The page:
How you store water is a crucial factor to keep in mind when determining the drinking safety of your shower water. Most homes have separate water sources for the bathroom and kitchen, or they may come from the same tank. Either way, if the tank is uncovered, it may contain contaminants.
Even if your water tank is fully covered, it’s an open secret that stagnant, low circulation water sources might quickly become a hub for harmful bacteria. Stagnation might arise due to an abnormally large tank, or issues causing poor flow or blockage in your water system.
2) Condition of Pipes
Do you live in an older home? Can’t remember the last time you had your pipes changed? Chances are that your old pipes are full of lead or other harmful chemicals. Lead pipes are extremely dangerous because they enable small amounts of the chemical to leach into your water supply.
Children exposed to lead water may experience slowed growth, hearing problems, lower IQ and hyperactivity. Pregnant women, meanwhile, might have to deal with premature birth. Even adults can experience harmful effects, like increased blood pressure, after drinking lead water.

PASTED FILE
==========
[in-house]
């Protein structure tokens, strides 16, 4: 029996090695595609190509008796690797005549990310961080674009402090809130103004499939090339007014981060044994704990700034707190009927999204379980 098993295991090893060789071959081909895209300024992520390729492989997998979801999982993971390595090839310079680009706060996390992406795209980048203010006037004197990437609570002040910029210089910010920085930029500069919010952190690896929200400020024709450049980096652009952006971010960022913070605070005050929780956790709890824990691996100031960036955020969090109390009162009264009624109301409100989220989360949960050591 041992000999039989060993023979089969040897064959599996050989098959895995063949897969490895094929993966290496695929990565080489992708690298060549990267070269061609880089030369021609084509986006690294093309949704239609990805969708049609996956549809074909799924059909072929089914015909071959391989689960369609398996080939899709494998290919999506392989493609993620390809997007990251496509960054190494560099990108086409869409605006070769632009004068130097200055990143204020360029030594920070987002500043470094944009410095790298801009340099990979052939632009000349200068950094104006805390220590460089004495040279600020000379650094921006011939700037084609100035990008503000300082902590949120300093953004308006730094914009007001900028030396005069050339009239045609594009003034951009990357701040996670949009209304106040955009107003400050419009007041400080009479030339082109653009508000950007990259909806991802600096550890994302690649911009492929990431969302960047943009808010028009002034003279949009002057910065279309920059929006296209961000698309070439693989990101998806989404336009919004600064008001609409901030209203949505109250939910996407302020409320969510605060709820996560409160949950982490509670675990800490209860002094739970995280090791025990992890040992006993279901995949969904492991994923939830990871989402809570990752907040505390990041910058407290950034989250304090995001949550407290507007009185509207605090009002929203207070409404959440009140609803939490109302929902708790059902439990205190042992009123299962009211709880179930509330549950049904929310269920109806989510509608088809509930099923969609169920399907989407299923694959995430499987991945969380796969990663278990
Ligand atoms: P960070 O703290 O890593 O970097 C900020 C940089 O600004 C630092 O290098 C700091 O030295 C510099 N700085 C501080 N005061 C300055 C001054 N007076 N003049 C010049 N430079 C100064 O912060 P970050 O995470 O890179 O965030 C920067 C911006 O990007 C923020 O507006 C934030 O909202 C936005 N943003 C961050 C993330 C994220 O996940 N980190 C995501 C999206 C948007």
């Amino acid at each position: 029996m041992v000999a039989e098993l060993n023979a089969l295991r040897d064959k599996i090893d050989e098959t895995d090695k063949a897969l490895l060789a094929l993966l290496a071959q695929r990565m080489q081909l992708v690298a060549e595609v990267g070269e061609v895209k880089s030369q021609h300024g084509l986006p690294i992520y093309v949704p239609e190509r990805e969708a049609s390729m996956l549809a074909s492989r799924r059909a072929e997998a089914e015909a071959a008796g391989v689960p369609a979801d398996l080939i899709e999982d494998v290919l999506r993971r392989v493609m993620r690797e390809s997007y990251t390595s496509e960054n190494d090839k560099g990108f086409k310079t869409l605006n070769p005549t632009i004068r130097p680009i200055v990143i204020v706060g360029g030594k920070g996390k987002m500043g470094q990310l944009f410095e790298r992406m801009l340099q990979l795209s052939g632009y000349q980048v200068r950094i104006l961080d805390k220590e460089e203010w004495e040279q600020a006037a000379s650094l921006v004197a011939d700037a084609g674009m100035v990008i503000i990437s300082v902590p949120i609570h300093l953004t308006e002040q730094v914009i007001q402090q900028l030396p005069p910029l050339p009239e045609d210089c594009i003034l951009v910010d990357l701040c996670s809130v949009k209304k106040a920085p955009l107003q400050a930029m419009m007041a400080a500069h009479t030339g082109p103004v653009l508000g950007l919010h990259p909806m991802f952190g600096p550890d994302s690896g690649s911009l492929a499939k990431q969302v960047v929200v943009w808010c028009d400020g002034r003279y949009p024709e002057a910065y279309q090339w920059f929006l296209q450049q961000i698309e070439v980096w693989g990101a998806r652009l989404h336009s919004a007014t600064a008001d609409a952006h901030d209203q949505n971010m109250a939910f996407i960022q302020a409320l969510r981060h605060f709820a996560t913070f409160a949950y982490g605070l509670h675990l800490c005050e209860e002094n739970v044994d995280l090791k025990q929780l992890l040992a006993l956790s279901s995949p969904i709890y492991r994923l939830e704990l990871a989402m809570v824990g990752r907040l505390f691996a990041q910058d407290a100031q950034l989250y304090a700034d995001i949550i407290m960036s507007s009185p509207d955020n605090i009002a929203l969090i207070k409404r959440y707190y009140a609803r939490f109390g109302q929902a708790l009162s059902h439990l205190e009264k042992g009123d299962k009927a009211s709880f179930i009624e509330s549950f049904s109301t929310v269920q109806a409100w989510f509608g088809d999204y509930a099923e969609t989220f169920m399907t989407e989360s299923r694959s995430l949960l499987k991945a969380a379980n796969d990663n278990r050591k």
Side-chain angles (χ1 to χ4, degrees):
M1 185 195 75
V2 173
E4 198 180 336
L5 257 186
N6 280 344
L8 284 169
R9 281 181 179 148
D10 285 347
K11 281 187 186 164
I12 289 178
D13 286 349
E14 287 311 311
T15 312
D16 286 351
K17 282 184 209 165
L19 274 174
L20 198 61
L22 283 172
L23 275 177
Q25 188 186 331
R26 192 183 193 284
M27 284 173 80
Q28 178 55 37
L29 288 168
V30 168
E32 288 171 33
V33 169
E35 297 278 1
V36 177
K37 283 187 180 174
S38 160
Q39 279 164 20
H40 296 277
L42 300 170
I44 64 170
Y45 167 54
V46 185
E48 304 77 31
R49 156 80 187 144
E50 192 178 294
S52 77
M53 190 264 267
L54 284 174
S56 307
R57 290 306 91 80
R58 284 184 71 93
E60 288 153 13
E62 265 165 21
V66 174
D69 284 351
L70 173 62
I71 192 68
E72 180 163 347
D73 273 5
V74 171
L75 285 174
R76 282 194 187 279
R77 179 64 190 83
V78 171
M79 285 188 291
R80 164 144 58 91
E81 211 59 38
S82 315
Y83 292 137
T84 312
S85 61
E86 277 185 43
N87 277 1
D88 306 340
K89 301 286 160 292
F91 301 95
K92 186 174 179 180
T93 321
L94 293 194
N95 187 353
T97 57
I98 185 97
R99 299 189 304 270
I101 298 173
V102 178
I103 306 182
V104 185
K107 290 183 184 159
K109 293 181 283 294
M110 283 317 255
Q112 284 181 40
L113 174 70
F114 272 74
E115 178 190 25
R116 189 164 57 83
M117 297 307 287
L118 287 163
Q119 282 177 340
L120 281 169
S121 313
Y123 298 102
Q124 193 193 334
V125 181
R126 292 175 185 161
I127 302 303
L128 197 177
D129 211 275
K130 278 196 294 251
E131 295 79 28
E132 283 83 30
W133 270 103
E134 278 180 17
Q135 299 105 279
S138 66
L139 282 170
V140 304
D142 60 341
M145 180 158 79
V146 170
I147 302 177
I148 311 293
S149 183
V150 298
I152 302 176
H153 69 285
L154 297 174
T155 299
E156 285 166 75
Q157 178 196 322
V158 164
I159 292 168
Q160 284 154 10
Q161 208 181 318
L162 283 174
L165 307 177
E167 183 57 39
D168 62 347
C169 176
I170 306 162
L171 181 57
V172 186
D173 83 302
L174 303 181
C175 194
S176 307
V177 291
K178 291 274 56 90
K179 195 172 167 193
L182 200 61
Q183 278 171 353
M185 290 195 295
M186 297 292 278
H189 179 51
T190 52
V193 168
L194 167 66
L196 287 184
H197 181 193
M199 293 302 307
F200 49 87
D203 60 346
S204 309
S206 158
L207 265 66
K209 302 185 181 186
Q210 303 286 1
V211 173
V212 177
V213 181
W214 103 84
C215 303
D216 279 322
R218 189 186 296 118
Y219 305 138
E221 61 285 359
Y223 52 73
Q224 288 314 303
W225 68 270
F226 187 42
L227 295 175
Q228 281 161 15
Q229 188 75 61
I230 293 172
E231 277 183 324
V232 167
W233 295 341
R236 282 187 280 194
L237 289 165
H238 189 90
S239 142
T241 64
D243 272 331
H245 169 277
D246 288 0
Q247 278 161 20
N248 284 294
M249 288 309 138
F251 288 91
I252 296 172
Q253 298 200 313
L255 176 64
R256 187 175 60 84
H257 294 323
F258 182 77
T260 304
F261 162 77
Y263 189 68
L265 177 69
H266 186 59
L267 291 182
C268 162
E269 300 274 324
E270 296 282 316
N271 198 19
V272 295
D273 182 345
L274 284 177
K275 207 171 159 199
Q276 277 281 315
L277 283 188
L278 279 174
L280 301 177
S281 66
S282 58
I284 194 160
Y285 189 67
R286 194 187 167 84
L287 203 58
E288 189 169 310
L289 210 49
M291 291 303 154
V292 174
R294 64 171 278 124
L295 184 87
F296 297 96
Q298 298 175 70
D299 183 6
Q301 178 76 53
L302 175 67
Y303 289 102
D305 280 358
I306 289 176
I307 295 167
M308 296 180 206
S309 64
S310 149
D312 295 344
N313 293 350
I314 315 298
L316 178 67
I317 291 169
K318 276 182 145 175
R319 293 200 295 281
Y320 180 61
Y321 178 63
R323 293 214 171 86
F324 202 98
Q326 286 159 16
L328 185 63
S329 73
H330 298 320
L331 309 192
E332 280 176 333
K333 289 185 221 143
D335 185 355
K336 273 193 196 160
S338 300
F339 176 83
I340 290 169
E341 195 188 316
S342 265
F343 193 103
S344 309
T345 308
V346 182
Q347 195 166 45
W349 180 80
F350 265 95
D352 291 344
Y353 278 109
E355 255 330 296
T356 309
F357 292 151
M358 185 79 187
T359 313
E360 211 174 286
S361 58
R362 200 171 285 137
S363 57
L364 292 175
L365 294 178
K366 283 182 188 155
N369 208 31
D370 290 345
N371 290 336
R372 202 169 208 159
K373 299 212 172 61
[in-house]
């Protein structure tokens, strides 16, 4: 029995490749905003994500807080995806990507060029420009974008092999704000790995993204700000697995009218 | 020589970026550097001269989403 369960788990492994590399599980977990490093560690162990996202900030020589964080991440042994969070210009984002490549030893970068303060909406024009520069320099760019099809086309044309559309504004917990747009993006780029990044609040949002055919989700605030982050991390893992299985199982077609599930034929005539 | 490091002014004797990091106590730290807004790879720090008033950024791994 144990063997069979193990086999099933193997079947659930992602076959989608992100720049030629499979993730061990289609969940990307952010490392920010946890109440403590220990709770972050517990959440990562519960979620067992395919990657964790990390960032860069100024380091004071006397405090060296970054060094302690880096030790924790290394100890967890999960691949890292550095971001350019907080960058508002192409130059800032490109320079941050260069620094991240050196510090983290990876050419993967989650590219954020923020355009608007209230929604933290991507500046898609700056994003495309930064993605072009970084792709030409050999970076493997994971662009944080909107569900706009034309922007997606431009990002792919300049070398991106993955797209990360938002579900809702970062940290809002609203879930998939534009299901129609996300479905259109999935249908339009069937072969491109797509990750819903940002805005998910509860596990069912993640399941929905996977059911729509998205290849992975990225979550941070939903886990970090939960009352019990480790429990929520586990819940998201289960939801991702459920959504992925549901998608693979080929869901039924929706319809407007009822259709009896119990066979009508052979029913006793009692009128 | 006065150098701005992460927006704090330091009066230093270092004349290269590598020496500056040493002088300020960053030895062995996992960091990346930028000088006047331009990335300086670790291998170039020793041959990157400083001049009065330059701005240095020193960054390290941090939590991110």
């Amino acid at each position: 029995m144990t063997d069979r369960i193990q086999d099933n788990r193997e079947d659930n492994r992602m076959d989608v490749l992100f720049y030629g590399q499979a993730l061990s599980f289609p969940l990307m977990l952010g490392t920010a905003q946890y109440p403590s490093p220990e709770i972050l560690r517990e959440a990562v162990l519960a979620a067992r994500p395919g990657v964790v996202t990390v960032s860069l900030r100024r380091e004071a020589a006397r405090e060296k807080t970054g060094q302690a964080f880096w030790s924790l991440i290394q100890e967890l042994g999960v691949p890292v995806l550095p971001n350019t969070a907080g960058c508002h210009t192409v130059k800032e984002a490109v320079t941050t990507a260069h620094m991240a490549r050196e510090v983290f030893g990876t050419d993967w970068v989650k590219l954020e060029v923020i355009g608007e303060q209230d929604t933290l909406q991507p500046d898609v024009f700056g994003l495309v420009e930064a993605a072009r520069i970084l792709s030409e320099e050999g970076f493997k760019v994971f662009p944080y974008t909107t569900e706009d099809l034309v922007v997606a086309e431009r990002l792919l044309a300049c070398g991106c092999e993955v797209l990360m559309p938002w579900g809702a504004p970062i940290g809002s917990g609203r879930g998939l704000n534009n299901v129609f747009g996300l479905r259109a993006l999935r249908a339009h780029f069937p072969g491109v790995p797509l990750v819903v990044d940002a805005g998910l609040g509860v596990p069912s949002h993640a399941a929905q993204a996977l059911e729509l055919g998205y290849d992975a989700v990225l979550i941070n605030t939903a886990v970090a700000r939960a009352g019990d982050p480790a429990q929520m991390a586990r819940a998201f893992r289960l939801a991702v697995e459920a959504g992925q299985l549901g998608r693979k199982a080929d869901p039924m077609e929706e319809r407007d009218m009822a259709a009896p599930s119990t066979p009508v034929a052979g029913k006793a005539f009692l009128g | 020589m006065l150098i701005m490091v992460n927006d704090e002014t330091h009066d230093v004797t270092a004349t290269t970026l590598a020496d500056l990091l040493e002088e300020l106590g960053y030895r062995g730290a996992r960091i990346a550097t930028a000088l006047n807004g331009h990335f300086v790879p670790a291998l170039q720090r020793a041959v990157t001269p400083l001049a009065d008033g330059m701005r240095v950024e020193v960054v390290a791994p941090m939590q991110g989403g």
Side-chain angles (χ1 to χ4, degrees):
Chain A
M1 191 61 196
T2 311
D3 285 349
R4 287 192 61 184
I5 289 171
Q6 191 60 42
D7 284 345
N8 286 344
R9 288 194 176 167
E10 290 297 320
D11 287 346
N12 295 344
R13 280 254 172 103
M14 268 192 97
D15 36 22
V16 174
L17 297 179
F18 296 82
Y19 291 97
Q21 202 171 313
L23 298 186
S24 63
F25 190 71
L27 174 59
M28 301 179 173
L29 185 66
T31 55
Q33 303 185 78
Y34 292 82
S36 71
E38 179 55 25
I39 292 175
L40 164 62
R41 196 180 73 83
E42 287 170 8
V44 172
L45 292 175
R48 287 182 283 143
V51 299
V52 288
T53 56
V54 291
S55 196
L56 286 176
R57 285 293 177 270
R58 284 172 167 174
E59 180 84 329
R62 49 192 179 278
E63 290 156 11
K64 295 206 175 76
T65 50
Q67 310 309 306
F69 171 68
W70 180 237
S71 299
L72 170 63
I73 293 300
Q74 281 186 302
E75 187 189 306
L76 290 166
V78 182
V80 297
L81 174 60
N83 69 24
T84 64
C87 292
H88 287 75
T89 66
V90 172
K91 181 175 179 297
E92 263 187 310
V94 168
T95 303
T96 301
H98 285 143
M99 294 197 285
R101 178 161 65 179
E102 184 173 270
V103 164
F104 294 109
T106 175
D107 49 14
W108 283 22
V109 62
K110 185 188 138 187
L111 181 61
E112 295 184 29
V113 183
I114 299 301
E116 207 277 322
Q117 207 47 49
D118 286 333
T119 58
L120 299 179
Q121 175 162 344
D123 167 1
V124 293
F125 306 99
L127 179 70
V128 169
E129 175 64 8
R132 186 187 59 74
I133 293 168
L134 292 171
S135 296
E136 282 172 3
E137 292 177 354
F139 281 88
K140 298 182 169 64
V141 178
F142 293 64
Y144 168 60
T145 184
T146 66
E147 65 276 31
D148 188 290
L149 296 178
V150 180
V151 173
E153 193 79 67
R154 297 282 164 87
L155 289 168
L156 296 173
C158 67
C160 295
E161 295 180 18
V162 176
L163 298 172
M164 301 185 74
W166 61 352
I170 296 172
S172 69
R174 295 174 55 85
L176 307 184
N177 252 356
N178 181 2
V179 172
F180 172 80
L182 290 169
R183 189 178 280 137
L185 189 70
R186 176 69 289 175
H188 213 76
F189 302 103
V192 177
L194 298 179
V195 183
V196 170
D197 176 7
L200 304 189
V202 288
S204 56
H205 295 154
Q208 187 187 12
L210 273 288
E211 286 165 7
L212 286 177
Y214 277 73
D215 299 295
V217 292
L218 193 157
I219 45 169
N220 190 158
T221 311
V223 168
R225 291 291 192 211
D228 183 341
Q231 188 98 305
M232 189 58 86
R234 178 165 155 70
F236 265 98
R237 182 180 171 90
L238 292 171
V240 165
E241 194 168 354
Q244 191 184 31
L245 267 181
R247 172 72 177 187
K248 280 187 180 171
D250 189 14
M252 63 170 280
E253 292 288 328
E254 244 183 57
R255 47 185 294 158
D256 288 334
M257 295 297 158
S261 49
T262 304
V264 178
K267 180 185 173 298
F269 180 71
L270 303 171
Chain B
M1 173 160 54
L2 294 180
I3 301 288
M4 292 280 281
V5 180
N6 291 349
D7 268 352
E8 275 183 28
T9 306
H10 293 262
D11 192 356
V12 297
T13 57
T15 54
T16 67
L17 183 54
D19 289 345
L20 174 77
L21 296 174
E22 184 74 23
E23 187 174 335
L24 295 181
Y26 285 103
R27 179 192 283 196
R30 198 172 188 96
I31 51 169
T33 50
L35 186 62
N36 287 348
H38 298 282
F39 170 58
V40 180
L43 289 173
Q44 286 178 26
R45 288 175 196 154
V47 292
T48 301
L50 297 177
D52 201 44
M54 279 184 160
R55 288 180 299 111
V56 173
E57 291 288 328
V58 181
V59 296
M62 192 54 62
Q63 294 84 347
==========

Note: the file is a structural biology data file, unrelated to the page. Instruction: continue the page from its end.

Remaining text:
Lead poisoning is also a major concern. Its symptoms include abdominal pain, abdominal cramps, headaches, irritability, constipation and aggressive behavior. Experts warn that lead poisoning might be fatal, too.
3) Water Softener
Are you using a water softener to treat hard water? Or perhaps using a water softening shower head? It turns out you’ve treated water that was “probably” safe to drink to one that is “definitely” isn’t. Hard water might cause dull hair and skin irritation, but, in the short term, it won’t endanger your health.